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enquiries been of a more elevated character. Three Acts, it is true, have passed, for the protection of certain noblemen and gentlemen from the qui tam penalties to which they were exposed, in consequence of their extravagant speculations on the turf; and if Parliament has been reluctant to consider the application of economical science to our Import Duties, we ought doubtless to derive some consolation from the recollection that it has been applied, with a skill worthy of Ricardo or Mill, in the Report on Gambling. Nor was the interesting subject of Dog-Stealing overlooked. Our domestic poet, Cowper, extracted moral instruction from the habits of his spaniel, by proving that
'His dog should mortify the breed
Of man's superior race;'
and as it was somewhat irreverently alleged in the honour-
Royal Assent, from the 3d February to the 3d July of the present year. The first four months of the Session produced no one enactment of the slightest public interest or importance; with the exception of the act for reducing the interest of the three-and a-half per cents. In all other respects, the statute book is a perfect blank, or is only filled up by Indemnity bills, Mutiny bills, and other formal measures, which do not require or exhibit any great proofs either of legislative or administrative capacity.
It is true that, towards the end of the Session, the wheel turned round with an unexampled and somewhat dangerous velocity; and if at one period measures were discussed without being passed, at another they were passed without any attempt at effectual discussion. In apology, it is said that this must ever be the case, that this complaint is one perpetually made, that it indicates an evil for which there is no remedy;-an evil for which neither the present Parliament nor the present Government can be held peculiarly responsible. This we deny; but even if it were as true as we believe it to be false, it is no justification of some late events. The growing inattention manifested by both Houses to the performance of their functions, is, we know, daily more and more complained of; and this subject is of infinitely greater moment than it is generally considered to be. The respect and confidence which the public have been accustomed to feel for the deliberations and decisions of Parliament are, indeed, lamentably diminished. The keen interest which its proceedings formerly excited, exists no longer. Even the ambition to obtain a seat in Parliament is lessened; the difficulty of inducing well-qualified candidates to come forward is complained of; and the whole relations between the public and both Houses are, we grieve to say, altered for the worse. The tone in which public affairs are discussed is lowered, and a languid indifference is, by degrees, extending its chilling influence over the representatives of the people, and the people themselves. Why should this great evil be? and how can it be remedied? It is said by some that there has not been, at any former time, a greater aggregate amount of information or ability in Parliament than at present; but that it is only more diffused. It is urged, too, that great events are required to call forth great men; and that a civil crisis is as necessary for the display of high civil endowments, as a war is for the exhibition of the ability of a great commander. It is further added, that in our more calm and tranquil times, no great opportunities are afforded to public men to vindicate their claims to the respect of their country. There may be some truth in these remarks; but we fear that the evil lies deeper. If legislators are to lead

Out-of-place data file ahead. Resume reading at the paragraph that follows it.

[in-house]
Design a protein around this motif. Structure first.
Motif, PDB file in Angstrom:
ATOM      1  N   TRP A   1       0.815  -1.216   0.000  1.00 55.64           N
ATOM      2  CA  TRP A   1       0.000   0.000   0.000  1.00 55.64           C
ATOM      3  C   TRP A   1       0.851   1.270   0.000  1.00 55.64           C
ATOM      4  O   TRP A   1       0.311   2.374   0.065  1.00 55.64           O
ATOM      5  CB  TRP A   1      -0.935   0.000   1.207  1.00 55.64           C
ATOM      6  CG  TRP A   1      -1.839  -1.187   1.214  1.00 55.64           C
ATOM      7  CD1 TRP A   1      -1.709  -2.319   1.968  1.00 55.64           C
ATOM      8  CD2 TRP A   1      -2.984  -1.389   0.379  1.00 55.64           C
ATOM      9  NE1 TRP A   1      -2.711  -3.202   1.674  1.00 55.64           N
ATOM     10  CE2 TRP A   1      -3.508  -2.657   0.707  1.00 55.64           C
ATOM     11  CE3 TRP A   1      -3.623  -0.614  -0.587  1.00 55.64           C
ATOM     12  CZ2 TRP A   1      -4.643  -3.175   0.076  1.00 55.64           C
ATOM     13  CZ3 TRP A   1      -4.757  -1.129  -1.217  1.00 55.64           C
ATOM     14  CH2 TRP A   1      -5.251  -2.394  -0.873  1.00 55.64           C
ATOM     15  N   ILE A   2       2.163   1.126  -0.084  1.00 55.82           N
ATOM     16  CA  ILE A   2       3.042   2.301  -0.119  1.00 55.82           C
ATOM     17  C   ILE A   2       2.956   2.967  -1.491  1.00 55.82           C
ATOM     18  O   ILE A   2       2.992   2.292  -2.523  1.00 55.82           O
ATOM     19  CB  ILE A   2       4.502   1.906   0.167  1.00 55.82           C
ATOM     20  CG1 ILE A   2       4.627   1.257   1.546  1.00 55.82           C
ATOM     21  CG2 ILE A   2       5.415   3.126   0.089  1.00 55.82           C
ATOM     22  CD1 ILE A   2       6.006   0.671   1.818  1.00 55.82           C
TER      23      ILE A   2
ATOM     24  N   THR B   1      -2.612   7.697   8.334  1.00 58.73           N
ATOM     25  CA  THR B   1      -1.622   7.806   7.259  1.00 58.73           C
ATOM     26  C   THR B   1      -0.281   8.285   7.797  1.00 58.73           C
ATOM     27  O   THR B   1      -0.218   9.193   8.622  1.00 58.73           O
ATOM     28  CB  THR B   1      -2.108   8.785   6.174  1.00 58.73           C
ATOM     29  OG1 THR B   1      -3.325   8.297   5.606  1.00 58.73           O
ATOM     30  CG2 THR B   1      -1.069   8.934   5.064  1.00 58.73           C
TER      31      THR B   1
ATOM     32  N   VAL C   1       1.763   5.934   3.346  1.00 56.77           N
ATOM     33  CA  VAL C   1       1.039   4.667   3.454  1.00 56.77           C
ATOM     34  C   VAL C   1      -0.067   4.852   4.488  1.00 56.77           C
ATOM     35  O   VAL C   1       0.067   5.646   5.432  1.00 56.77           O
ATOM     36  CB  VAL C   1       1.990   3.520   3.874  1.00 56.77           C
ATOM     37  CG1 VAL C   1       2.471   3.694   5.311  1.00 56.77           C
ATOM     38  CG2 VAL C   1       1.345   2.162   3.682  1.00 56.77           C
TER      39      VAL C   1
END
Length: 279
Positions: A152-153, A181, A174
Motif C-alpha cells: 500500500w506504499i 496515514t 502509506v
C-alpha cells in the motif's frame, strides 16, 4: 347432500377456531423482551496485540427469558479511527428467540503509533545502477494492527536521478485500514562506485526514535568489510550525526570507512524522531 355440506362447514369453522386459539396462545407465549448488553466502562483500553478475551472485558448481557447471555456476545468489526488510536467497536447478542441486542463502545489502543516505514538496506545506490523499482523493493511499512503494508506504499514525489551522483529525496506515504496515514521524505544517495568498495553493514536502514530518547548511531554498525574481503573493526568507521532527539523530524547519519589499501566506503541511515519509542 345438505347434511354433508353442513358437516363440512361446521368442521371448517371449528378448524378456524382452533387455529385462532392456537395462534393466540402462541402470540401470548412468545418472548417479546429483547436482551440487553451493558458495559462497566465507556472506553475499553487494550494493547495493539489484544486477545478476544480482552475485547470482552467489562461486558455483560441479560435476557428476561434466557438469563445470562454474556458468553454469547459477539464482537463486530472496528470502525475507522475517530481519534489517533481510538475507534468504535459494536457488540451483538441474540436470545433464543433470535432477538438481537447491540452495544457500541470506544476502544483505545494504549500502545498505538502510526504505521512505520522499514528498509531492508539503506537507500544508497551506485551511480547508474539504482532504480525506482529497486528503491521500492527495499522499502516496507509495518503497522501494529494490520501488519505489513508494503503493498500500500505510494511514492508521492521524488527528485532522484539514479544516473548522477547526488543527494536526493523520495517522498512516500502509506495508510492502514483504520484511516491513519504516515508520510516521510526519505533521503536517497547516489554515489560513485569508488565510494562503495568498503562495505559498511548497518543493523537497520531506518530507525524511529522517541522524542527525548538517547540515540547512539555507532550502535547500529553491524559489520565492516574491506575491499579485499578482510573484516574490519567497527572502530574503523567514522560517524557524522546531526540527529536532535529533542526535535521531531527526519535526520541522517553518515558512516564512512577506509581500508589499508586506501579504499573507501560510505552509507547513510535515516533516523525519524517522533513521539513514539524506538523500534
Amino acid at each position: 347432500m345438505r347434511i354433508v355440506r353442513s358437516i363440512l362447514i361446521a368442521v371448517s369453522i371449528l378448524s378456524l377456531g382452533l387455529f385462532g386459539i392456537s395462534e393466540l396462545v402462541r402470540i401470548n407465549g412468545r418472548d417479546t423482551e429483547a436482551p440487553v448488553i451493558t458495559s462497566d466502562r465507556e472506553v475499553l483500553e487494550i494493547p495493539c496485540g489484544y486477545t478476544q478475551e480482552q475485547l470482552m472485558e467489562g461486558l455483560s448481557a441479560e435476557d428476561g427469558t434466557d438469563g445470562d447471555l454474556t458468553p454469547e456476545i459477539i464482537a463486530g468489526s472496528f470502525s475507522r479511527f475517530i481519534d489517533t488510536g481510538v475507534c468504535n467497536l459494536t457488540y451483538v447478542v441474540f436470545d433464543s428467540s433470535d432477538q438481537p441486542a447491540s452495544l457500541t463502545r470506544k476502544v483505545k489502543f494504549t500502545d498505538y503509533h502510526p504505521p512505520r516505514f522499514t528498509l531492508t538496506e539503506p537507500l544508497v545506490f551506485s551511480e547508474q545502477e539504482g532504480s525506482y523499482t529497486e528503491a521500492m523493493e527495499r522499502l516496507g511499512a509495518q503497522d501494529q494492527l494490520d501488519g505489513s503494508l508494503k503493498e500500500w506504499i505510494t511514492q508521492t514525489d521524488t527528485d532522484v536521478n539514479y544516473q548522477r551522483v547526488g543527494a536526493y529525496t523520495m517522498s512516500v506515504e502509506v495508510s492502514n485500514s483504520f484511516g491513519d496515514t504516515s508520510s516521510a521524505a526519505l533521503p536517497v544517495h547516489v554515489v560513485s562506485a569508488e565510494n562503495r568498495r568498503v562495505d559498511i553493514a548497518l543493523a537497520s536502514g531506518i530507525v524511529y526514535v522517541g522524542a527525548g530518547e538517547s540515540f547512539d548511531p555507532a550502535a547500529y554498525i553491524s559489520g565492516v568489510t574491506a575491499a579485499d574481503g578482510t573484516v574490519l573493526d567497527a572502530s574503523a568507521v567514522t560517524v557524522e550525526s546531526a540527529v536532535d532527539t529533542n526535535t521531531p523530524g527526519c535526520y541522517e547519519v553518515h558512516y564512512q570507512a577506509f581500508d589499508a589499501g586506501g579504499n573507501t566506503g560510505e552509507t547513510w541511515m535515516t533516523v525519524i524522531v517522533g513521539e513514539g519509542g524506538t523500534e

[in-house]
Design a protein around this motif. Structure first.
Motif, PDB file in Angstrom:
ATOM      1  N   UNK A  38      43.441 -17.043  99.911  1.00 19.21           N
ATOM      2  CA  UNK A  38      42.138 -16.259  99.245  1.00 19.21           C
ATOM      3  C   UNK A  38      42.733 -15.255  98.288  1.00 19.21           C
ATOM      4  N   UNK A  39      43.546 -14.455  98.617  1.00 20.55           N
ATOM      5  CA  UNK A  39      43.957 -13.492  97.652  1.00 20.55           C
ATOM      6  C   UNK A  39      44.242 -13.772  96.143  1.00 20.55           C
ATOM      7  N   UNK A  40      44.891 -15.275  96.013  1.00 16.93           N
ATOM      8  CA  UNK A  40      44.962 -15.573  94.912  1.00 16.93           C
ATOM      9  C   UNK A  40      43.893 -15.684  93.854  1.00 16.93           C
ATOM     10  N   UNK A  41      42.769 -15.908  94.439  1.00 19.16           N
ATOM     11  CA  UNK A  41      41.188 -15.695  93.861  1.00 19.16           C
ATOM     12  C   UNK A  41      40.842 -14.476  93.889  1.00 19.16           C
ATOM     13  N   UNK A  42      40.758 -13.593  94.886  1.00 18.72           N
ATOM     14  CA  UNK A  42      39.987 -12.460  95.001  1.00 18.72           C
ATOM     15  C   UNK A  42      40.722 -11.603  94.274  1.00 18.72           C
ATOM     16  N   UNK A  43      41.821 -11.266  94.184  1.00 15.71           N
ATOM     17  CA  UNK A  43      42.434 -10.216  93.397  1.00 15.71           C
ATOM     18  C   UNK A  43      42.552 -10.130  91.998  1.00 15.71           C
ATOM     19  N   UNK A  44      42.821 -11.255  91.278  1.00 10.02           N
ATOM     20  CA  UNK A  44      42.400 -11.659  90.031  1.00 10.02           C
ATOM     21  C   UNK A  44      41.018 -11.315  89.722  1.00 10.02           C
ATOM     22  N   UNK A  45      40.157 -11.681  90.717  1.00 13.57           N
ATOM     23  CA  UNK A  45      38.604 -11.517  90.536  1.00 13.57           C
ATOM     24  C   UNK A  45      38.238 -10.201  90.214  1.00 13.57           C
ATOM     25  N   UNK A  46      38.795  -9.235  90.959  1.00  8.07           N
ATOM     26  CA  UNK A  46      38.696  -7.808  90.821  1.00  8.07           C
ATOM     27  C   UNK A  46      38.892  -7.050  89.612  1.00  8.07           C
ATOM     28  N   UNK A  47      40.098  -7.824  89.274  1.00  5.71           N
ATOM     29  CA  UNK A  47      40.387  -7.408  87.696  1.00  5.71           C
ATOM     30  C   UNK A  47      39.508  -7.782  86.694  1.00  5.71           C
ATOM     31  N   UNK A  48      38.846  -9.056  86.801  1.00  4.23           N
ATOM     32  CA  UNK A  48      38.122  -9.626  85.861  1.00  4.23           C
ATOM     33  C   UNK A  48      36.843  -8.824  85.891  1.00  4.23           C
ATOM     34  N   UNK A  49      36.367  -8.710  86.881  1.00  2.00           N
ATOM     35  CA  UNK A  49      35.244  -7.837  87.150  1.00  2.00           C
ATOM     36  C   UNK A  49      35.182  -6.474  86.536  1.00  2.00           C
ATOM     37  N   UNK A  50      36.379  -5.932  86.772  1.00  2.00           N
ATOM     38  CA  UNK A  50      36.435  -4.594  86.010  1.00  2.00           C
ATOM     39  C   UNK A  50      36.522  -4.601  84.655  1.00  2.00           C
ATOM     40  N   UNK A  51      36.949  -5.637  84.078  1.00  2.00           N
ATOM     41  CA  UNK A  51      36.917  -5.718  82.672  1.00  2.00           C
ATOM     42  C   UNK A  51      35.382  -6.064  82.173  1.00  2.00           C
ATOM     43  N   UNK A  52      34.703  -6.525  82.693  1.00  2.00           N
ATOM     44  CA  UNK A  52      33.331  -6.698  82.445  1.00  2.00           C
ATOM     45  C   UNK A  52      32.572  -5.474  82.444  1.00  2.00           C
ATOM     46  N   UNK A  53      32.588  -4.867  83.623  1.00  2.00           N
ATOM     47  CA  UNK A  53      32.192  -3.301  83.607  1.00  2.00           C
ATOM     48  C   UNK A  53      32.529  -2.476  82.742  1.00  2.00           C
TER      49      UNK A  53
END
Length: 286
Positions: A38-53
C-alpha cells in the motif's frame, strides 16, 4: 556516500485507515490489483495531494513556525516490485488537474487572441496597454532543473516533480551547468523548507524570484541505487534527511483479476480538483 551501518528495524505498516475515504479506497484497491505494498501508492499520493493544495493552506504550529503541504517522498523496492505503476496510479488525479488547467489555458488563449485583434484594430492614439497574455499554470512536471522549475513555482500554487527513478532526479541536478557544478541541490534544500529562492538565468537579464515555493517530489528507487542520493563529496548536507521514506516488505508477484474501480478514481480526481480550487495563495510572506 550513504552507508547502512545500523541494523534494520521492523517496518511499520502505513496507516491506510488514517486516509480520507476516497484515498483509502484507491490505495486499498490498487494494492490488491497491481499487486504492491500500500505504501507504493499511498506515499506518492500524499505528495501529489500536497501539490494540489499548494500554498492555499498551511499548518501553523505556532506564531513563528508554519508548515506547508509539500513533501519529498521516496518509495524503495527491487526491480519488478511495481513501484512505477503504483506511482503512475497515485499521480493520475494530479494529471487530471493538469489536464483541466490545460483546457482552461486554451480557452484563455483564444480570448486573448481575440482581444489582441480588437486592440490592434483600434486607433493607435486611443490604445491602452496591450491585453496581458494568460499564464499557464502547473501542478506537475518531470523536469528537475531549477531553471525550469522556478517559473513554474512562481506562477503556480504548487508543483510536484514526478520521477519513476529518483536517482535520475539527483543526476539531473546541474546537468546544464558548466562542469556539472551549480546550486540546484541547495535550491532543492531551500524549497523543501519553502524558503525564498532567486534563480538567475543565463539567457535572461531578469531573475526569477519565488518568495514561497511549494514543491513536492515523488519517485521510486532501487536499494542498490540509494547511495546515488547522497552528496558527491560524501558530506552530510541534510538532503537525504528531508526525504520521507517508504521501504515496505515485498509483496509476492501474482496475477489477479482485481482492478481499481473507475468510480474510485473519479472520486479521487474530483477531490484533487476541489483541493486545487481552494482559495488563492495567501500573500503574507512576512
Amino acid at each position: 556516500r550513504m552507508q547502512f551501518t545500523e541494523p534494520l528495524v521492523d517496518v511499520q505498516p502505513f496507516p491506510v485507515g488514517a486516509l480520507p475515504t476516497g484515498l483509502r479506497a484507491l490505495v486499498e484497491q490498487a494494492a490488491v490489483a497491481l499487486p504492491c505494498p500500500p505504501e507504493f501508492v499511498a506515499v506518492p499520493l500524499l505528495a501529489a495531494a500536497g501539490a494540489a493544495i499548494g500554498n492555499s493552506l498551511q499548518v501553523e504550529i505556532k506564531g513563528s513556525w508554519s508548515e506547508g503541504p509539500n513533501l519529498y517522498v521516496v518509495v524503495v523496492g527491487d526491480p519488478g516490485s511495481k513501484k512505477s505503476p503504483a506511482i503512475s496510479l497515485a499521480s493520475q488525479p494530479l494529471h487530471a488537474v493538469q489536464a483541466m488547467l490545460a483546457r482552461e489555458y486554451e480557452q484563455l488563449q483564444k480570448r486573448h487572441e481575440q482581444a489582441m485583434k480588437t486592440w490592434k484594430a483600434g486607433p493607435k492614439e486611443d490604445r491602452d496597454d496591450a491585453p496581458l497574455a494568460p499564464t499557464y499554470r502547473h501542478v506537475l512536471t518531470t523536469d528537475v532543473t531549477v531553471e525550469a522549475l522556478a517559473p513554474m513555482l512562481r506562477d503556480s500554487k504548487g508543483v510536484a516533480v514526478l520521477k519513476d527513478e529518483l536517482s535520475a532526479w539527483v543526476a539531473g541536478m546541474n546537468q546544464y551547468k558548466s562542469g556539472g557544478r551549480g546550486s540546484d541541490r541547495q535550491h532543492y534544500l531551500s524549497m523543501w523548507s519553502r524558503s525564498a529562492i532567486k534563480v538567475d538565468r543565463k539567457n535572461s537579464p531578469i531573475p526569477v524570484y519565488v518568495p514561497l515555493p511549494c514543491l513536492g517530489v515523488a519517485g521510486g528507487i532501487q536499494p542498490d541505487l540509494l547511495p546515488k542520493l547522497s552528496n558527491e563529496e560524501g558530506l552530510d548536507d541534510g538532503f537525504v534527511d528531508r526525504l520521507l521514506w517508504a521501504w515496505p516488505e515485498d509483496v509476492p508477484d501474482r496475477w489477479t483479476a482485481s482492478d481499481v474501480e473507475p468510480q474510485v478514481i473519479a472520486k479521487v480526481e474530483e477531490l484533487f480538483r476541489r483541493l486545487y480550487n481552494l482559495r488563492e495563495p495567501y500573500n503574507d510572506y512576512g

opinion as well as to legislate, they must vindicate their claims, individually and collectively, to a superiority over the rest of the community. Public intelligence is daily more maturedknowledge is more widely diffused. Is it very clear, then, that the class from which members of Parliament are taken, preserves its relative position in advance, either as relates to reputation or to the performance of duty? The refinements of advancing civilization contribute to withdraw the less strenuous and manly from contentions for which they feel an increasing disinclination and unfitness. Taste becomes more fastidious; and the risks of failure in public life create more apprehension than the chances of success excite hopes. The pleasures and attractions of society are found by many to be more powerful than the demands of a generous ambition. The hour of eight o'clock leaves the House of Lords deserted. In the House of Commons, from the hours of seven to ten, the Speaker and a despairing quorum give some occupation to the Reporters at night, though perhaps without much instruction to the readers of the morrow. The want of any real interest in Parliamentary proceedings is strongly exemplified, we think, in the necessity felt by the London Journalists to provide a short abstract of each Parliamentary discussion; thus to relieve their readers from the toil of labouring through wearisome arguments and heavy details, which, though gods and men may find it difficult to tole rate, the columns of the daily press are compelled to furnish. Who that has read them can ever forget those noble words of Milton, which apply so strikingly to the topics upon which we have touched! Lords and Commons of England, consider what • nation whereof ye are, and whereof ye are the governors;-a 'nation not slow and dull, but of a quick, ingenious, and piercing spirit-acute to invent, subtle and sinewy to discourse, not beneath the reach of any point the highest that human capacity can soar to. What wants there to such a towardly and pregnant soil, but wise and faithful labourers ?'